Estate Planning: Definition and Benefits
Estate planning, a service offered by wealth solutions firms such as J.P. Morgan Chase or Ora Partners, is planning for what you want to happen to your assets at the end of your life. Most people think that estate planning means preparing a will, but it actually covers so much more.
You need to decide who will manage your medical care and assets if you lose the capacity to make important decisions, plus what type of medical care you will consent to. Deciding what kind of life insurance you want is also important. It would be best if you also considered whether to establish a trust, which is a legal agreement detailing how the assets in the trust will be distributed. A trust also names a person, called the trustee, who will manage the distribution.
Who needs an estate plan?
The short answer is everyone. Of course, creating an estate plan and hiring an attorney may not be for everyone. There are online estate plans if you need a more affordable option. But if you have children or dependents or sizeable wealth, stick with an attorney.
Even if you don’t fall into those categories, you should still consider setting up an estate plan. It’s impossible to know what will happen in the future, and some parts of the plan can take a long time to come together.
What are the key benefits of an estate plan?
You make the decisions about your assets and medical care: If you become incapacitated or die before you put everything on paper, a court will decide what happens. It means a guardian appointed by the government can make crucial medical decisions for you, including whether to sell your assets so you can be moved to a nursing home. And probate court will divide up most of your assets.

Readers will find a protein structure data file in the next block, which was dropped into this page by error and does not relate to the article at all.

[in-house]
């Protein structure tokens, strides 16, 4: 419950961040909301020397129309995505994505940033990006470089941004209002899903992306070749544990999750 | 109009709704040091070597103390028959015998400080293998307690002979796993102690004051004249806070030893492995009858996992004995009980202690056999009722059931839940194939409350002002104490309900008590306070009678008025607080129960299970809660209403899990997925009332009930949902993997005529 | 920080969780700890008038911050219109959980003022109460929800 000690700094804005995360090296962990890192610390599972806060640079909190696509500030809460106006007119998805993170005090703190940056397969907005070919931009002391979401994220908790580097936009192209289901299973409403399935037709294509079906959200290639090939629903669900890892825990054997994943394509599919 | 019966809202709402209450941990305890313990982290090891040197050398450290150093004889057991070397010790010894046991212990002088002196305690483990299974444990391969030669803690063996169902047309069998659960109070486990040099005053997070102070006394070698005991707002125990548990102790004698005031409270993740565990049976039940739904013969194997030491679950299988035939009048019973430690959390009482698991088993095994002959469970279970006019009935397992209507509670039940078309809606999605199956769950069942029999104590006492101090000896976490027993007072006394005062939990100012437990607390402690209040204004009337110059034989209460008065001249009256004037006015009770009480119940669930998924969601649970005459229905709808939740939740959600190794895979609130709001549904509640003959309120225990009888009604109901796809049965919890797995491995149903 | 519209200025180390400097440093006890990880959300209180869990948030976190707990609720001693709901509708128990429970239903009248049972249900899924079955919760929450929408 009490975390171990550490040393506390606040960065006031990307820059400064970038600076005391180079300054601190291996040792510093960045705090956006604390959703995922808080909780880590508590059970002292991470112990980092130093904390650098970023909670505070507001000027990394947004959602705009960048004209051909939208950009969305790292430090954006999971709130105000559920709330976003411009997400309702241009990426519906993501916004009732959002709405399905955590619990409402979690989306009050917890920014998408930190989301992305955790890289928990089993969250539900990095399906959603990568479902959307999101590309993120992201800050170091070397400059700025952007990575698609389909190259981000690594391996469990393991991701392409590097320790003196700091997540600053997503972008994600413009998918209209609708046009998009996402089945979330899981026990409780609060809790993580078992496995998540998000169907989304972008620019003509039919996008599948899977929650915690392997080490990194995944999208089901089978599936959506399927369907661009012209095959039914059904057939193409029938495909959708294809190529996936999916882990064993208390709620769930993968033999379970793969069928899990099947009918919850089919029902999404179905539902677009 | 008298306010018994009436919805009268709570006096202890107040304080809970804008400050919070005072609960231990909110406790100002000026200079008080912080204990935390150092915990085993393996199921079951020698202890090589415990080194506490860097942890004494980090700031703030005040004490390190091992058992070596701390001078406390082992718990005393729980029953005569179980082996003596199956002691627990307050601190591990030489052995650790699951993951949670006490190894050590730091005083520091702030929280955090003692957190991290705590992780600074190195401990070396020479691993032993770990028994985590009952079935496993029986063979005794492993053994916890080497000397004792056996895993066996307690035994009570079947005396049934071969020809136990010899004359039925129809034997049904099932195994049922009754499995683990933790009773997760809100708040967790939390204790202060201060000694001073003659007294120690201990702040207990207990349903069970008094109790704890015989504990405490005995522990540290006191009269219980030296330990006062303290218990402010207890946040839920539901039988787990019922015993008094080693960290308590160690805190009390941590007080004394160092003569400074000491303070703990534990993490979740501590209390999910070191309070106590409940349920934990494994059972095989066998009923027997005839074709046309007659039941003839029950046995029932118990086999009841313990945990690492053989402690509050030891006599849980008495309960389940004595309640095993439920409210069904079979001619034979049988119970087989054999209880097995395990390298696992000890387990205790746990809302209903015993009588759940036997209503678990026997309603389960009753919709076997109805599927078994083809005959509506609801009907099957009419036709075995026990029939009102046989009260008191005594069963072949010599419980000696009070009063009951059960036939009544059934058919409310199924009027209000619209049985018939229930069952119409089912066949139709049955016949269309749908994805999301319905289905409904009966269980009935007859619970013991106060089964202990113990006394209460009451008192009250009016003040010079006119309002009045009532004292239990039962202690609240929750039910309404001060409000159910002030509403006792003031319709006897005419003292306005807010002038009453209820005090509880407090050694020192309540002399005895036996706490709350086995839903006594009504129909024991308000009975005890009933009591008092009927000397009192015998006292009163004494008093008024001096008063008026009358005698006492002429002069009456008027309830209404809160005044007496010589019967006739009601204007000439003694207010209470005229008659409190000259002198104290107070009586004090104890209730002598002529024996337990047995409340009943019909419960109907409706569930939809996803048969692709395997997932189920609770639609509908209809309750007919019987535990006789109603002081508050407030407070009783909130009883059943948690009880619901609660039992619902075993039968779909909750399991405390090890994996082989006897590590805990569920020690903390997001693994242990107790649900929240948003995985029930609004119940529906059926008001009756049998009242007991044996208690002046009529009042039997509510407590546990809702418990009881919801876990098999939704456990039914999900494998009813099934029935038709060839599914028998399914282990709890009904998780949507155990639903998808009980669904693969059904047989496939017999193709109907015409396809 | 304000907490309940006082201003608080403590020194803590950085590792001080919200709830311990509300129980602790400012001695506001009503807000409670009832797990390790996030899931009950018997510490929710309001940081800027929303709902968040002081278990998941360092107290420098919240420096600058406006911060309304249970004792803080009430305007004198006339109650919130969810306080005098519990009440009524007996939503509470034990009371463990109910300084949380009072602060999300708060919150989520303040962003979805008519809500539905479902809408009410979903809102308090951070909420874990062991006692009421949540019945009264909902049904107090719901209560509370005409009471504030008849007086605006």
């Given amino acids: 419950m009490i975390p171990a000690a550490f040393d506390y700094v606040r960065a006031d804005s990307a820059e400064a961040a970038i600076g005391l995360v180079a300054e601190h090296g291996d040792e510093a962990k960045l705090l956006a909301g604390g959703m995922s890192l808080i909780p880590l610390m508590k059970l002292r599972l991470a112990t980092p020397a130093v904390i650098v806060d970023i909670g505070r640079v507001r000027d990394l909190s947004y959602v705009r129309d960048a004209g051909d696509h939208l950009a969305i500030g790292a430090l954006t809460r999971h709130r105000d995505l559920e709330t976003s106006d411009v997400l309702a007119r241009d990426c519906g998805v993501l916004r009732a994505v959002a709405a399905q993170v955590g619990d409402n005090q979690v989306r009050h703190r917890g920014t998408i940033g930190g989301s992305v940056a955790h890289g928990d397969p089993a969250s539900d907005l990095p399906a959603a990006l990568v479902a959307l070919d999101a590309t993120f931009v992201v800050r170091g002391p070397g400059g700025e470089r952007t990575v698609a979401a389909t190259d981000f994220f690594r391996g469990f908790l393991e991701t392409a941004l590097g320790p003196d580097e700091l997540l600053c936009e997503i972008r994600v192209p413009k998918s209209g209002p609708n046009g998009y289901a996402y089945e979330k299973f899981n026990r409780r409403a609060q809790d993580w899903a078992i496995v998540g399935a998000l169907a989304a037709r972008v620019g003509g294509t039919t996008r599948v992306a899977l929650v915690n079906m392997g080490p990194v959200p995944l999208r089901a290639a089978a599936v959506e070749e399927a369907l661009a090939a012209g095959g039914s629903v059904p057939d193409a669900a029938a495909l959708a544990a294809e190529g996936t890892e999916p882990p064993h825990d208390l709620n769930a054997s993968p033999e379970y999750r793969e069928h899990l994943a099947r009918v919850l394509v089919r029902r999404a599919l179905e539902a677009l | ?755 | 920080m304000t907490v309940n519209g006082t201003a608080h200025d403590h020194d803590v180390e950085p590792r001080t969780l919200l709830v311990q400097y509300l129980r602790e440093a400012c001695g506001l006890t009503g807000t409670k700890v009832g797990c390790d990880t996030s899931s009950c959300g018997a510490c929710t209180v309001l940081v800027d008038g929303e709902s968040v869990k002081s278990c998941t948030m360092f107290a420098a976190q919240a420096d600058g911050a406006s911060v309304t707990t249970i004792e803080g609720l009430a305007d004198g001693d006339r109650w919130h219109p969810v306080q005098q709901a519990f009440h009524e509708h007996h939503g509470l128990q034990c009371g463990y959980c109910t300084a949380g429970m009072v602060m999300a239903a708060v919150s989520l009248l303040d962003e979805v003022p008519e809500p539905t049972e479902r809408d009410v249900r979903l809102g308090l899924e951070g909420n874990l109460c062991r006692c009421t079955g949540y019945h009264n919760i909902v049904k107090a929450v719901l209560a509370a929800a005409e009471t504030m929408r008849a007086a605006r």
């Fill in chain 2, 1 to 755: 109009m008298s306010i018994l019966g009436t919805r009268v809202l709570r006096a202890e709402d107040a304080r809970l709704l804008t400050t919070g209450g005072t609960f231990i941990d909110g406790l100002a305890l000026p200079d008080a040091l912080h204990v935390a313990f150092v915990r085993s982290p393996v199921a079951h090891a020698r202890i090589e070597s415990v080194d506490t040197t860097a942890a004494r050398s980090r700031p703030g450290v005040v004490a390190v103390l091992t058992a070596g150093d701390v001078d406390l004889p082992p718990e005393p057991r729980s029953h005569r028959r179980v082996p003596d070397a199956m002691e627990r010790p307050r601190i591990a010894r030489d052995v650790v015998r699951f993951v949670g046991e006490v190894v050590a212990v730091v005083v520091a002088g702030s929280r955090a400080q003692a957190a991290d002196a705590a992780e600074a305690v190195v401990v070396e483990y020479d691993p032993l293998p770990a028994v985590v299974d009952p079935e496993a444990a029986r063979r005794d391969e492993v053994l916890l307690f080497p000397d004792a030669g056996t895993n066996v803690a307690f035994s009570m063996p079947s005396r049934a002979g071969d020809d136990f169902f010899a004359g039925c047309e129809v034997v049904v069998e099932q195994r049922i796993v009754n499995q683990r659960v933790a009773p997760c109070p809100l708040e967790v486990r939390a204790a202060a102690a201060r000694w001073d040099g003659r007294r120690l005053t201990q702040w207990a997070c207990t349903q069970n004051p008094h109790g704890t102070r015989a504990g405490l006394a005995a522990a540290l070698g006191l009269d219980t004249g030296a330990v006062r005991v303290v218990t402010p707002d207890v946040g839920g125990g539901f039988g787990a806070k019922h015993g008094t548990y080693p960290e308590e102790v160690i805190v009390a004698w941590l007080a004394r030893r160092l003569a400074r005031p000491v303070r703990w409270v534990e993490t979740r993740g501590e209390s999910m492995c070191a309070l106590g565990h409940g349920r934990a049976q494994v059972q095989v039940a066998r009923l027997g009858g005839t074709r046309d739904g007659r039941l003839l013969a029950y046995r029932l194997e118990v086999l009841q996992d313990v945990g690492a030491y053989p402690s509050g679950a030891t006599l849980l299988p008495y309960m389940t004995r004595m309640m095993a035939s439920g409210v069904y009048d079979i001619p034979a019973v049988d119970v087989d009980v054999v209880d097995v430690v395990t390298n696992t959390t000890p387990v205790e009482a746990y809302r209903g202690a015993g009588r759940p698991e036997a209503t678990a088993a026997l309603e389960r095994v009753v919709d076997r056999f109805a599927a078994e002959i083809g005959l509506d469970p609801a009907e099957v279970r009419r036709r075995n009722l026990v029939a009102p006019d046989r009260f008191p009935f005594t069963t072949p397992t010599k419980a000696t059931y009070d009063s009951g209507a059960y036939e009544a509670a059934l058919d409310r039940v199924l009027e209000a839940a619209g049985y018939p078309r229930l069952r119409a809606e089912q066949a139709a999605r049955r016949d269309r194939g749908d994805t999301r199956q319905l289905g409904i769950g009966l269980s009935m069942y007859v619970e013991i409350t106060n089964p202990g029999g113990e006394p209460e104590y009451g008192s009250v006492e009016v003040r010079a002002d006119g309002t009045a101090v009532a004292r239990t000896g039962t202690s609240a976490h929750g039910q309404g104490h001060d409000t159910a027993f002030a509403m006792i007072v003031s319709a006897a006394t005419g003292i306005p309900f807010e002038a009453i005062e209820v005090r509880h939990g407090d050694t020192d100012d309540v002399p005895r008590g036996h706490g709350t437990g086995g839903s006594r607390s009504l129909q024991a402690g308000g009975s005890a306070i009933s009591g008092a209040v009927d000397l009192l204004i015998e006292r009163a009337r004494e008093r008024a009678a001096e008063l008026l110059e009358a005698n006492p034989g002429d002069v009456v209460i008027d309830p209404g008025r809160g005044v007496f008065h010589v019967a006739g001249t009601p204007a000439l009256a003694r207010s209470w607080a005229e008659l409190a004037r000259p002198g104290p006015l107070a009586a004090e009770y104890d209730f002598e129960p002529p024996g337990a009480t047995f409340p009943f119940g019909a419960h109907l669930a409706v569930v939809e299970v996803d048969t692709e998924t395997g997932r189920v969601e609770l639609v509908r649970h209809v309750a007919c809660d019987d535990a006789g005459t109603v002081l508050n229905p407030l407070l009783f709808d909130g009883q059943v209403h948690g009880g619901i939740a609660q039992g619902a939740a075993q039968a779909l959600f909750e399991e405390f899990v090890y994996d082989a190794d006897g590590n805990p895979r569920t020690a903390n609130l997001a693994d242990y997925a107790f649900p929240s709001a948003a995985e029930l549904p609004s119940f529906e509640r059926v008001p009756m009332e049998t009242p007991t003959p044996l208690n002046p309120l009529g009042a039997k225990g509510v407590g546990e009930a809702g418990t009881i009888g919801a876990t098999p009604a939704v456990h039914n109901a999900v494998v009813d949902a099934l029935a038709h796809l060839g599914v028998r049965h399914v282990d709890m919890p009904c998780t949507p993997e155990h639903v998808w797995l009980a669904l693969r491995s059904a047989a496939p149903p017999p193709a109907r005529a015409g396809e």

You can reduce tax: In 2023, the first $12.92 million or less of a single person’s estate is exempt from federal estate tax. Married couples can shield a total of $25.84 million. In 2024, these exemptions will be $13.61 million for single individuals and $27.22 million for married couples. They may seem high now, but there is no guarantee that the numbers won’t go down in the future. Putting your assets in a trust, determining value, or leaving all your assets to a spouse who then claims an exemption can significantly reduce your estate tax. There are also fees for estate management items that you can eliminate or reduce with proper planning.
You can plan for your dependents:Life insurance is an essential consideration for every responsible adult, regardless of their financial circumstances. This financial product provides an invaluable safety net to ensure that your dependents are taken care of in the event of sudden or unexpected passing. Even if you may not have significant assets, a life insurance plan can still enable you to provide for your loved ones in a worst-case scenario. However, it is essential to contemplate the specifics of the potential outcomes and the impact they may have on your dependents. Deciding on who will act as custodian of your underage children and how your pet’s care will be handled are just a few things to consider when planning your life insurance policy.